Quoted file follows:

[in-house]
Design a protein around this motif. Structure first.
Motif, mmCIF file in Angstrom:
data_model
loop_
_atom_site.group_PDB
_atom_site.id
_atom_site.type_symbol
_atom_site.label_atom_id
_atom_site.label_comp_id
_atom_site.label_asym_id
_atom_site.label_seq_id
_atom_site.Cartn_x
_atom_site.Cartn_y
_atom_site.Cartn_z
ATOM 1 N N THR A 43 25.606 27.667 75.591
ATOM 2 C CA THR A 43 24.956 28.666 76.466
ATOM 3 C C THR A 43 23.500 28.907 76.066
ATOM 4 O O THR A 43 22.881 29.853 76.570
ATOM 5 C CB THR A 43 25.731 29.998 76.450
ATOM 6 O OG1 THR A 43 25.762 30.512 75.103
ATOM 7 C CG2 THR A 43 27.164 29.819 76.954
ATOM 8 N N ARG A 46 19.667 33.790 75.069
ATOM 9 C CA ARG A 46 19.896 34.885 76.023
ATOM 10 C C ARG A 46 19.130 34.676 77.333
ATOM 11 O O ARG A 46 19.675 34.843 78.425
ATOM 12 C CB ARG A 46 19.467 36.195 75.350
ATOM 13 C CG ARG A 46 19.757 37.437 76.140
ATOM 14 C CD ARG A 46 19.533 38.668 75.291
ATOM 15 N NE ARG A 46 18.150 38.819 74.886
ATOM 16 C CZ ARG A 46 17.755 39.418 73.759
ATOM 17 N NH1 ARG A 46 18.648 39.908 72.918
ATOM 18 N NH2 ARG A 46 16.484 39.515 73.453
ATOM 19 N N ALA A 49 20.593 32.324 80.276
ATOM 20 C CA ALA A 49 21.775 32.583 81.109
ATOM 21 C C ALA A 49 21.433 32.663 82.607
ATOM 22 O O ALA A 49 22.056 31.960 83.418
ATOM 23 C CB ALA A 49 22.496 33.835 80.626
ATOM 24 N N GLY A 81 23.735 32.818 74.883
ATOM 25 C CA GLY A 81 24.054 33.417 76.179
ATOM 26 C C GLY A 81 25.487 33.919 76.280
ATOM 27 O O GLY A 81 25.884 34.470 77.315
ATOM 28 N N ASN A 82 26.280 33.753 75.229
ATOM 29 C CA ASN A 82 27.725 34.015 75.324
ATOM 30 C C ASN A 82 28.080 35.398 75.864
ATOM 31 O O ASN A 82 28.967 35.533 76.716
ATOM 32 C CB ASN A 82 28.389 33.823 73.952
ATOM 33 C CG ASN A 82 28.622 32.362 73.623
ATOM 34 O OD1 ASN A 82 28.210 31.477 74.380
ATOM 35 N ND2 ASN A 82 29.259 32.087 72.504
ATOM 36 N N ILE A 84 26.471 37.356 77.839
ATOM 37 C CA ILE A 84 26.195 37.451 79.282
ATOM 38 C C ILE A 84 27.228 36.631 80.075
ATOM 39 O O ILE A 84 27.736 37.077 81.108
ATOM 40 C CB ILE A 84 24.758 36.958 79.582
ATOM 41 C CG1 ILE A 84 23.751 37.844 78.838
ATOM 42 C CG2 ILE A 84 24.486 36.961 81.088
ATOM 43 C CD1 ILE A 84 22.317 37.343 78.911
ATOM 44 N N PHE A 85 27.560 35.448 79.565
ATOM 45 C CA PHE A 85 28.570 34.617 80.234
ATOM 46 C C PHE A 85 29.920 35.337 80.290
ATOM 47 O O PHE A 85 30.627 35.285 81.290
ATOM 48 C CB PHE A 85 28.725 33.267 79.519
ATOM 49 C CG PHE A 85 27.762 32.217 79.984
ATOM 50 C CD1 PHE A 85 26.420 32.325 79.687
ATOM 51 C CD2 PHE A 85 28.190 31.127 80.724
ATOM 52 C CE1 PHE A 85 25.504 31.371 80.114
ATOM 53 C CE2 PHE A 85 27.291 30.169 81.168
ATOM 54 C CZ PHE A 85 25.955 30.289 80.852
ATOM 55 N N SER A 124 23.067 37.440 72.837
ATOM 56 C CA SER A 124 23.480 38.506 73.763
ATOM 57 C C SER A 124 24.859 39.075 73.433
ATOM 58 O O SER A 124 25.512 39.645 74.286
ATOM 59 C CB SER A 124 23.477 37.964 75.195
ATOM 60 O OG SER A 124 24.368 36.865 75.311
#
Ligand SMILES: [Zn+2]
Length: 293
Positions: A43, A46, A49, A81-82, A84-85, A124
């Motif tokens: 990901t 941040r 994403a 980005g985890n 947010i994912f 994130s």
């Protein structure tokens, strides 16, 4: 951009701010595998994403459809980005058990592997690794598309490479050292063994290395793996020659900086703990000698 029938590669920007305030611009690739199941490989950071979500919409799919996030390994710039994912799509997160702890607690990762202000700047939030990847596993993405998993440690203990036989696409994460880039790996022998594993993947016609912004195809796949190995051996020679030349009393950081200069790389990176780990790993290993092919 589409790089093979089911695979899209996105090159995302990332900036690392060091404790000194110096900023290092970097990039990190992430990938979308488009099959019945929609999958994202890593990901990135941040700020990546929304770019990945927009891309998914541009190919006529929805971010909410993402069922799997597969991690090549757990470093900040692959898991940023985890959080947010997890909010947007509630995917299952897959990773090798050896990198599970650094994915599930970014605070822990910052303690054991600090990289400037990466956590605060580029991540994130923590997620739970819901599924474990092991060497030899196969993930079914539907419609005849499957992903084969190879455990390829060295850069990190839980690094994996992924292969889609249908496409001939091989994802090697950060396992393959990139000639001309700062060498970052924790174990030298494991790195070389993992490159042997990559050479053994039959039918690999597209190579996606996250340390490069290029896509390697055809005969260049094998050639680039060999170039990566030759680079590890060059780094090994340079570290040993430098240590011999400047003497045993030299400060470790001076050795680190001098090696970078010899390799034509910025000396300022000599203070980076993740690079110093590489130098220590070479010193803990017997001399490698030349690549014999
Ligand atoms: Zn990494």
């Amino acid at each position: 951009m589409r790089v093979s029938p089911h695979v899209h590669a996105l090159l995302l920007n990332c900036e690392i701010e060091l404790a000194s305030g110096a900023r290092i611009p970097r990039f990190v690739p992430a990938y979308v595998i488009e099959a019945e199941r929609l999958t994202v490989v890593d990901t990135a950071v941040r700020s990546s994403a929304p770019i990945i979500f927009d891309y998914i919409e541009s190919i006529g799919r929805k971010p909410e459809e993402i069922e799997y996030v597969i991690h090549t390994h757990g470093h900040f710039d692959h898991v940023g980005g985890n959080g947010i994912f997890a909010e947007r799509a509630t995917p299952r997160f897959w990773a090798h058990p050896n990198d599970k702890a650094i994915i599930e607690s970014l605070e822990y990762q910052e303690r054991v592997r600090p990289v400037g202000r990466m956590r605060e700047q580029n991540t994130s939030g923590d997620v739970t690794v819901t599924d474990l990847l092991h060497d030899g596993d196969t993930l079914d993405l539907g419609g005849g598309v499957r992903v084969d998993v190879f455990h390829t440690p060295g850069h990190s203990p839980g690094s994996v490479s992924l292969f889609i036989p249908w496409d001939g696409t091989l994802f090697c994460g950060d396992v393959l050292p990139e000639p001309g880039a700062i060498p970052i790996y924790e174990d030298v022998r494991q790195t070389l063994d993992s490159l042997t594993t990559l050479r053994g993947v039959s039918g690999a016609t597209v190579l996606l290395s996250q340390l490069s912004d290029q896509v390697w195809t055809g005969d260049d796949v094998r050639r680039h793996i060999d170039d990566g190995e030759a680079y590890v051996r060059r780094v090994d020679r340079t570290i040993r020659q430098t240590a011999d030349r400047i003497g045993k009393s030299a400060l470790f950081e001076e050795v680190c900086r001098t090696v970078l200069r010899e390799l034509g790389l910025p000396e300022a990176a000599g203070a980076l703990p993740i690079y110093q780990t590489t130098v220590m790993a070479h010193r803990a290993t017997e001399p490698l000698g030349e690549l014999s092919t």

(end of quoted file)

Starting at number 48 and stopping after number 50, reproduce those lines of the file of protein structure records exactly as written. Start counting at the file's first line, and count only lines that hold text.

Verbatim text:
ATOM 33 C CG ASN A 82 28.622 32.362 73.623
ATOM 34 O OD1 ASN A 82 28.210 31.477 74.380
ATOM 35 N ND2 ASN A 82 29.259 32.087 72.504